161

Alejandro Cimadoro Quintet: The Princess and the Moonlight

Eric J. Iannelli By

Sign in to view read count
Alejandro Cimadoro Quintet: The Princess and the Moonlight
Boston's Berklee College of Music has no lack of accomplished graduates. Every year a sizeable stack of new albums spanning all genres of music reaffirms the school's enviable reputation and the collective talent of its alumni.

Alejandro Cimadoro's The Princess and the Moonlight , the bassist's first album as bandleader, composer and arranger, maintains the high standard associated with his alma mater without veering too far from the familiar trad jazz and bop vocabularies. He and his quintet occasionally spice up the proceedings with a dash of sabor latino —this is in keeping with Cimadoro's own long career as a proponent of Argentine tango and jazz—but there is no significant quality about this disc that would incline a record store clerk to file it under any Latin or world music category.

"Reflection" is one of the group's most inspired and enjoyable efforts. Saxophonist George Garzone and trombonist Joel Yennor are responsible first for leading in individually with yawns, moans and sighs and then establishing the dramatic build with unified staccato bursts and short melodic phrases; they separate again and solo. Segueing between the two solos, Garzone shrieks and squeals as if he's about to swoon. Cimadoro, who has been striding alongside, steps in and wends his way back to the head with his own swift but murmured solo.

"Happy Hour" is straight-ahead material with a bit of punch, most of it emanating from Garzone's tenor sax solo. Pat Metheny band member and fellow Berklee alum Antonio Sanchez propels this opening track with his light, skittish timekeeping. His drumwork (or brushwork, as the case may be) is equally deft on "Autumn in New England" and "Waltz for Y.D." In fact, much of the appeal of The Princess and the Moonlight can be traced to Sanchez's presence.

Cimadoro plays all-out on the expressive solo chart "Sleepless Warrior" and again on the closer "One for Mr. McBee." His style is far from ornate, though he does enjoy successions of scat-like runs, digging deep and ricocheting as he climbs. Whether of his own volition or at Cimadoro's request, Garzone seems to be the perpetual odd man out in this quintet. His instrument often elbows its way to the forefront; he also delivers the bulk of the dissonant rusty hinge lines (he relishes the brief collapse into chaos on "Never Mind") and jagged free-form solos. Such a dominant personality certainly injects additional character into these songs, but it can also cross the line into the excessive. These infrequent moments notwithstanding, The Princess and the Moonlight is cohesive and substantial and deserving of a listen.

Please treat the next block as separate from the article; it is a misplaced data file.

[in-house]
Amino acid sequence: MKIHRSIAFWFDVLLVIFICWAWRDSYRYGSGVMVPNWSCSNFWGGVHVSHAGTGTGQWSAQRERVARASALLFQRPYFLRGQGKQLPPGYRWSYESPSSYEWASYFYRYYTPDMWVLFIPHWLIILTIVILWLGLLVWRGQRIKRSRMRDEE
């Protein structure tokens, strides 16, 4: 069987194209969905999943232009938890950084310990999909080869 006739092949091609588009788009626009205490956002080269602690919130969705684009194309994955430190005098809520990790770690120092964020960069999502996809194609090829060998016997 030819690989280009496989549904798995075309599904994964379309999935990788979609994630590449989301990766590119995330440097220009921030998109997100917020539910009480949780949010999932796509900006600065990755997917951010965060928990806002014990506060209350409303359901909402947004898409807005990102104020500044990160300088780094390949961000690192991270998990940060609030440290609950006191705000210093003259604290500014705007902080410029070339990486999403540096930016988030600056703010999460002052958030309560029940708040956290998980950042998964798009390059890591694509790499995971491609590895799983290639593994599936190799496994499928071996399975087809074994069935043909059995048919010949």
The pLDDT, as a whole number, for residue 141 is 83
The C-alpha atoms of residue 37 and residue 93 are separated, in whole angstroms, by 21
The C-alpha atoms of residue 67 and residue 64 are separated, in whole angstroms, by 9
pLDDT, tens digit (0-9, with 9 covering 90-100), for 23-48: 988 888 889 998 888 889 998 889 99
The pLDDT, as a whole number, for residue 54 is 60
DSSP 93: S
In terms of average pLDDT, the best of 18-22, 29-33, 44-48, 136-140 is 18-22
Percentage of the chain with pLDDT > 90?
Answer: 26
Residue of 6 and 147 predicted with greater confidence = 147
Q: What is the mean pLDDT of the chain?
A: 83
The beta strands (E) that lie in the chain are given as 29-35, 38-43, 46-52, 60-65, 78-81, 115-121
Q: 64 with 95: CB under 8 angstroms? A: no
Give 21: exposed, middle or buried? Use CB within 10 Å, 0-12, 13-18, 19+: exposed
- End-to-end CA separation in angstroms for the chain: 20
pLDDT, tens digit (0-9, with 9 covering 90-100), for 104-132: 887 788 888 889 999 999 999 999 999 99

Visit Alejandro Cimadoro on the web.

Track Listing

1. Happy Hour 2. Snow Fall 3. Autumn in New England 4. Reflection 5. Sleepless Warrior 6. Waltz for Y.D. 7. Upside Down 8. Eleven in the Evening 9. Never Mind 10. The Shadow 11. Is This Love? 12. One for Mr. McBee

Personnel

Alejandro Cimadoro (bass); George Garzone (tenor and soprano saxophones); Joel Yennior (trombone); Nando Michelin (piano); Antonio Sanchez (drums)

Album information

Title: The Princess and the Moonlight | Year Released: 2005 | Record Label: Unknown label

Post a comment about this album

Tags

Shop Amazon

More

Read When You Find It
When You Find It
Arthur White and Merge
Read Rainbow Baby
Rainbow Baby
Cathlene Pineda
Read An Open Dialogue
An Open Dialogue
Linda Sikhakhane
Read Rah! Rah!
Rah! Rah!
The Claire Daly Band
Read Artlessly Falling
Artlessly Falling
Mary Halvorson's Code Girl
Read Hi-Fly
Hi-Fly
Howard University Jazz Ensemble
Read And Then It Rained
And Then It Rained
The Michael O'Neill Quartet

All About Jazz needs your support

Donate
All About Jazz & Jazz Near You were built to promote jazz music: both recorded and live events. We rely primarily on venues, festivals and musicians to promote their events through our platform. With club closures, shelter in place and an uncertain future, we've pivoted our platform to collect, promote and broadcast livestream concerts to support our jazz musician friends. This is a significant but neccesary effort that will help musicians now, and in the future. You can help offset the cost of this essential undertaking by making a donation today. In return, we'll deliver an ad-free experience (which includes hiding the bottom right video ad). Thank you.

Get more of a good thing

Our weekly newsletter highlights our top stories and includes your local jazz events calendar.